This Blog's For Me

April is Autism Awareness month. “Light it up blue!” In recent years April has also become Divisiveness-Within-the-Autism-Community month. Cure autism now; stop spending money on research. Pathologize neurological defects; celebrate neurodiversity. I’ve written before about this debate and will continue to weigh in, but today I want to tackle another aspect of the vitriol: Who has the right to be part of the autism community? Should it be restricted to people on the spectrum, as many neurodiversity advocates insist, or am I allowed to claim membership?

Only autistic people have standing to speak for other autists. NTs should not impose their own perceptions and needs on a group whose own voices are the only ones that can be authentic or relevant. I get it. Leaving aside the fact that a non-trivial fraction of autistic people cannot communicate through language, the autism activists are right. I would not want someone else to speak for me, to decide what I want and what I need, to judge whether my life is worth living.

But here is what I want to say to the autists aiming for exclusivity: this blog is not about being autistic; it is about parenting a person with special needs. Like it or not, parents are an integral part of their children’s communities, particularly when their children are minors. Parents will be—and should be—participants in the conversation

As Andrew Solomon explains in his book Far From the Tree, those traits and characteristics we pass on to our children are part of their vertical identity. Often our race, religion, language, socio-economic status and geography are transmitted as part of a vertical identity. To be sure, there are exceptions including adoptees, religious converts, and immigrants, but most of us develop at least some essential parts of our identity from our parents. In turn, we pass on at least some of these parts to our children. These are the parts of their identity that we understand and, without trying, most easily embrace. For some children, most of their identity is gained vertically. In my own household Kelly’s identity still seems to emerge easily from her parents and grandparents. Of course she will develop unique opinions and interests, but for now her intellectual, emotional, and physical identity are easy to recognize in myself or in my husband.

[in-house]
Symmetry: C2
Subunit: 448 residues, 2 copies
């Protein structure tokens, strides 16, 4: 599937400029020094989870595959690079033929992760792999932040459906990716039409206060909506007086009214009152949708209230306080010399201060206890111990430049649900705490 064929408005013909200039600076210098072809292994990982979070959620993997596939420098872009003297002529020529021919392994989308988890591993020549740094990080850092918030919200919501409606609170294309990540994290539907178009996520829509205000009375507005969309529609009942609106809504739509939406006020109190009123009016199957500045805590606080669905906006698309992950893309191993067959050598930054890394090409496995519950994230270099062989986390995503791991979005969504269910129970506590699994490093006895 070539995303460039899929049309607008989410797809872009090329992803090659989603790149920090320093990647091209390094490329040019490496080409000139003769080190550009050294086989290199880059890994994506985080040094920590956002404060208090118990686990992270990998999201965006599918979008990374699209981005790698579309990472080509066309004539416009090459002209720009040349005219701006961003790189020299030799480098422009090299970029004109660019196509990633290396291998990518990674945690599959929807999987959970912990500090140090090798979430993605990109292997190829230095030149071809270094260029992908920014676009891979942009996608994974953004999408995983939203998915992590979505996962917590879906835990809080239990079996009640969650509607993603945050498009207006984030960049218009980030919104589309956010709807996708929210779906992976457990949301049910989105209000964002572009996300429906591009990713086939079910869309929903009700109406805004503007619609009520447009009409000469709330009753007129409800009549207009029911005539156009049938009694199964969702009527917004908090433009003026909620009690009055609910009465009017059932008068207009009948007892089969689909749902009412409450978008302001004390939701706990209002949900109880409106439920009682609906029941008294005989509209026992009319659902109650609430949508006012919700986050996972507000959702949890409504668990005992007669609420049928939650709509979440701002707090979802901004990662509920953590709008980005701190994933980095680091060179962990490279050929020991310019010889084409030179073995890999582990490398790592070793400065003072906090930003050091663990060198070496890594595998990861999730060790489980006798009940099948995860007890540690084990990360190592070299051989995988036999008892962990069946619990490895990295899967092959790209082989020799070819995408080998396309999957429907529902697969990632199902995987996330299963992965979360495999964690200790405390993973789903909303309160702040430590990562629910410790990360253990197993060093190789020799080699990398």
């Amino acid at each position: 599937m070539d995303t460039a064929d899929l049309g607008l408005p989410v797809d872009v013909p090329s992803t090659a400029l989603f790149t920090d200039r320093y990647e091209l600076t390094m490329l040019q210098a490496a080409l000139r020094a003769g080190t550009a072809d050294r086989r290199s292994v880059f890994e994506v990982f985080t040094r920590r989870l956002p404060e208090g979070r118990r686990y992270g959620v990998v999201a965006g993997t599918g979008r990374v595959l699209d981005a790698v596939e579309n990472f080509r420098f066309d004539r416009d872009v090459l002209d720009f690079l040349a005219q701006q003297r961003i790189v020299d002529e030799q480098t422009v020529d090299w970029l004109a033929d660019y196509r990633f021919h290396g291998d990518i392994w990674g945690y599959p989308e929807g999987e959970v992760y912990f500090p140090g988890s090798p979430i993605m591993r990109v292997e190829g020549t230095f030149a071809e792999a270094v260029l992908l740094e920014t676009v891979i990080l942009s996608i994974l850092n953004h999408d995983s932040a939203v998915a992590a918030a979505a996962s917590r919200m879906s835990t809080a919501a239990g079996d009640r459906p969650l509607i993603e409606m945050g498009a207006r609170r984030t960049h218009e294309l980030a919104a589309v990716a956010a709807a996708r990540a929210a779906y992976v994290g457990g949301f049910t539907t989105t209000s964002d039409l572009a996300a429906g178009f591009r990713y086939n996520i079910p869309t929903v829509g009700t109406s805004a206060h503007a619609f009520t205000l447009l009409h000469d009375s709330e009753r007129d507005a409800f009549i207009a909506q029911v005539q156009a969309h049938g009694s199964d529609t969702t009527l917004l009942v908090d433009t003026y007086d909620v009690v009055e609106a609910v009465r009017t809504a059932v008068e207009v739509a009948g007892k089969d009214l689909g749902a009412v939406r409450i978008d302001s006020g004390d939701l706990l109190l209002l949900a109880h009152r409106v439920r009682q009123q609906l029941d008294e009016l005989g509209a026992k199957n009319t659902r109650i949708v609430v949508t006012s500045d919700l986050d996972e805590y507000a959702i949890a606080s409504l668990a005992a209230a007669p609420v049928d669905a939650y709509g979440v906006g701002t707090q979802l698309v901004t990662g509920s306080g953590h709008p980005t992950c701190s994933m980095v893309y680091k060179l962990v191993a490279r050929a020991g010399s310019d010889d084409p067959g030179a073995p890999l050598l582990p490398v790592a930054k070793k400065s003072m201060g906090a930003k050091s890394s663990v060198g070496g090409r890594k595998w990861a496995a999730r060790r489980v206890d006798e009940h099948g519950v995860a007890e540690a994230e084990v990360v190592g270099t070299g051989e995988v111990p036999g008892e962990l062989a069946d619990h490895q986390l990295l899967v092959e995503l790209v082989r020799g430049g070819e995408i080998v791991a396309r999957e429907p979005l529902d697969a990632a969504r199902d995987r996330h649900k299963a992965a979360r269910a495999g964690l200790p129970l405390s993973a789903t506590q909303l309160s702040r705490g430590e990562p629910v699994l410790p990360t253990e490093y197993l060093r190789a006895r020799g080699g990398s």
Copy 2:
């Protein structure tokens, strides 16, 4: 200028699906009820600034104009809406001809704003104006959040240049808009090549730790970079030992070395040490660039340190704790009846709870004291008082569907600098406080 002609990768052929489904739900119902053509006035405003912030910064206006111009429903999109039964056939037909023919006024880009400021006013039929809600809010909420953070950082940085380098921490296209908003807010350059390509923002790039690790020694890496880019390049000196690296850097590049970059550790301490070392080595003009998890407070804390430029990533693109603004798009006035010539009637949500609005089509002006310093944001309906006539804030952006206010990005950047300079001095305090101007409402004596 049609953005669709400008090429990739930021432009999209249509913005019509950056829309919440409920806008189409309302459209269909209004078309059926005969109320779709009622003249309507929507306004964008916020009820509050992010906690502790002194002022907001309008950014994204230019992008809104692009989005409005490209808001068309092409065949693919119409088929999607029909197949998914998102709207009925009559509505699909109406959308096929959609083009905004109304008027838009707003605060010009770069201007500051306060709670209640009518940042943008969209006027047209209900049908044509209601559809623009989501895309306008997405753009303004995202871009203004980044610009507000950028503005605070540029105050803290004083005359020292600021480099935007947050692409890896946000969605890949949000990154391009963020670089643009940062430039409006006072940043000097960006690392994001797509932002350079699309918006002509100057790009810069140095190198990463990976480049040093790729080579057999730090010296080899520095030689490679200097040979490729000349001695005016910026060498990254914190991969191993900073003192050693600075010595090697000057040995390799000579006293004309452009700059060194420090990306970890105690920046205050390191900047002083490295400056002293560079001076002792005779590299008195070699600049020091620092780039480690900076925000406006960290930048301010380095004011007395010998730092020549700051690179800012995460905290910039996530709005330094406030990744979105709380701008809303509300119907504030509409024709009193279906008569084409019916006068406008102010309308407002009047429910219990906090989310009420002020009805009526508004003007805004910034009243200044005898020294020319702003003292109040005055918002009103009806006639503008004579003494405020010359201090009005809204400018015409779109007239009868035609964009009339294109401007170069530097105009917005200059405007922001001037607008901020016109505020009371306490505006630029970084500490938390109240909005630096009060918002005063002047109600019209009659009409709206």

Some children, however, live with a horizontal identity, one that connects them to a group completely alien to their parents’ identity. Solomon introduces this idea by describing his own identity as a gay man whose parents struggled to accept that defining feature. Most people in the LGBTQ community are not raised by parents who belong to their community, so for most of them LGBTQ is a horizontal identity. When Solomon began learning about the Deaf and Hard of Hearing (DHOH) community as part of his job for The New York Times, he became intrigued by the similarities between his own experience and the experience of DHOH people born to hearing parents. Their parents, like his own, struggled with questions about rearing a child they could not understand, a child fundamentally different from the person they had anticipated raising. Should they push their children to be more like “everyone else,” e.g., by having the child learn lip-reading rather than signing, or should they encourage their children to find community in a place where they would be the outsiders and where, to their mind, their child’s life would be more limited?